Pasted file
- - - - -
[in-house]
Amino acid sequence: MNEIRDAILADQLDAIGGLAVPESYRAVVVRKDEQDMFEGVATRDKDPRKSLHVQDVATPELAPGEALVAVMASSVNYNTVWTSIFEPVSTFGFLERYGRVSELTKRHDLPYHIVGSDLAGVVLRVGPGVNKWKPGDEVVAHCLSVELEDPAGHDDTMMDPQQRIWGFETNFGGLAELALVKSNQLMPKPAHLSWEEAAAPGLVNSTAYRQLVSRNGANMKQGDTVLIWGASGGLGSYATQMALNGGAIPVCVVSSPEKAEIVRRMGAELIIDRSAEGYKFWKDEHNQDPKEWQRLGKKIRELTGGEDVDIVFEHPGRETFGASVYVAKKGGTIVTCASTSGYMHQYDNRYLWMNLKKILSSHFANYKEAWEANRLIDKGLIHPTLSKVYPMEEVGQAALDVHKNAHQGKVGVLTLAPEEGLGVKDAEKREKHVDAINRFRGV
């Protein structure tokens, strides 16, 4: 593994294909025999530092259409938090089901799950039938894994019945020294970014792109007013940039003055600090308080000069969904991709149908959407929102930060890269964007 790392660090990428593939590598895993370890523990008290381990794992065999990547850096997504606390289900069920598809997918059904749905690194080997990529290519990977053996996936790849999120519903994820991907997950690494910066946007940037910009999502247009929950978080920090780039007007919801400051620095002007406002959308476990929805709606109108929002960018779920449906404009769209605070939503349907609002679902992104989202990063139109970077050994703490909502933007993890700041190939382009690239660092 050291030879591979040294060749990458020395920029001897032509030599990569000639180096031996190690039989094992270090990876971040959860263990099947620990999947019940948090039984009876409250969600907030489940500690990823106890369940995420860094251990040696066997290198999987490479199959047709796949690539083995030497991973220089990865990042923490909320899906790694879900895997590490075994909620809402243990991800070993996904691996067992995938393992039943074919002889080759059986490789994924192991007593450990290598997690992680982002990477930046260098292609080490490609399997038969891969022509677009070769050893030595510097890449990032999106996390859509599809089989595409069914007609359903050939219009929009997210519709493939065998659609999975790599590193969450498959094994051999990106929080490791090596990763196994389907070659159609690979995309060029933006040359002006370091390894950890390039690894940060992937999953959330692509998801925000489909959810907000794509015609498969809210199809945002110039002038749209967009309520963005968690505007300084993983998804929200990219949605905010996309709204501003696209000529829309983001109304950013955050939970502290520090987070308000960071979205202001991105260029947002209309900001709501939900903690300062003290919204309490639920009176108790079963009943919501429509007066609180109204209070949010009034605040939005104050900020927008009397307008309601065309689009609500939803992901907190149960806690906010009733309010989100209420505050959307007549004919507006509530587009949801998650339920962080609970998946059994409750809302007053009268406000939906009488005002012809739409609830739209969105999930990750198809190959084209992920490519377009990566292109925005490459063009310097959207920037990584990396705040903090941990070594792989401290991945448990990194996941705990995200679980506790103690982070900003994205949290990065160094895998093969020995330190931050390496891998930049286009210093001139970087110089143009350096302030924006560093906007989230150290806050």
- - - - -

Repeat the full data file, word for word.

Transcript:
[in-house]
Amino acid sequence: MNEIRDAILADQLDAIGGLAVPESYRAVVVRKDEQDMFEGVATRDKDPRKSLHVQDVATPELAPGEALVAVMASSVNYNTVWTSIFEPVSTFGFLERYGRVSELTKRHDLPYHIVGSDLAGVVLRVGPGVNKWKPGDEVVAHCLSVELEDPAGHDDTMMDPQQRIWGFETNFGGLAELALVKSNQLMPKPAHLSWEEAAAPGLVNSTAYRQLVSRNGANMKQGDTVLIWGASGGLGSYATQMALNGGAIPVCVVSSPEKAEIVRRMGAELIIDRSAEGYKFWKDEHNQDPKEWQRLGKKIRELTGGEDVDIVFEHPGRETFGASVYVAKKGGTIVTCASTSGYMHQYDNRYLWMNLKKILSSHFANYKEAWEANRLIDKGLIHPTLSKVYPMEEVGQAALDVHKNAHQGKVGVLTLAPEEGLGVKDAEKREKHVDAINRFRGV
């Protein structure tokens, strides 16, 4: 593994294909025999530092259409938090089901799950039938894994019945020294970014792109007013940039003055600090308080000069969904991709149908959407929102930060890269964007 790392660090990428593939590598895993370890523990008290381990794992065999990547850096997504606390289900069920598809997918059904749905690194080997990529290519990977053996996936790849999120519903994820991907997950690494910066946007940037910009999502247009929950978080920090780039007007919801400051620095002007406002959308476990929805709606109108929002960018779920449906404009769209605070939503349907609002679902992104989202990063139109970077050994703490909502933007993890700041190939382009690239660092 050291030879591979040294060749990458020395920029001897032509030599990569000639180096031996190690039989094992270090990876971040959860263990099947620990999947019940948090039984009876409250969600907030489940500690990823106890369940995420860094251990040696066997290198999987490479199959047709796949690539083995030497991973220089990865990042923490909320899906790694879900895997590490075994909620809402243990991800070993996904691996067992995938393992039943074919002889080759059986490789994924192991007593450990290598997690992680982002990477930046260098292609080490490609399997038969891969022509677009070769050893030595510097890449990032999106996390859509599809089989595409069914007609359903050939219009929009997210519709493939065998659609999975790599590193969450498959094994051999990106929080490791090596990763196994389907070659159609690979995309060029933006040359002006370091390894950890390039690894940060992937999953959330692509998801925000489909959810907000794509015609498969809210199809945002110039002038749209967009309520963005968690505007300084993983998804929200990219949605905010996309709204501003696209000529829309983001109304950013955050939970502290520090987070308000960071979205202001991105260029947002209309900001709501939900903690300062003290919204309490639920009176108790079963009943919501429509007066609180109204209070949010009034605040939005104050900020927008009397307008309601065309689009609500939803992901907190149960806690906010009733309010989100209420505050959307007549004919507006509530587009949801998650339920962080609970998946059994409750809302007053009268406000939906009488005002012809739409609830739209969105999930990750198809190959084209992920490519377009990566292109925005490459063009310097959207920037990584990396705040903090941990070594792989401290991945448990990194996941705990995200679980506790103690982070900003994205949290990065160094895998093969020995330190931050390496891998930049286009210093001139970087110089143009350096302030924006560093906007989230150290806050």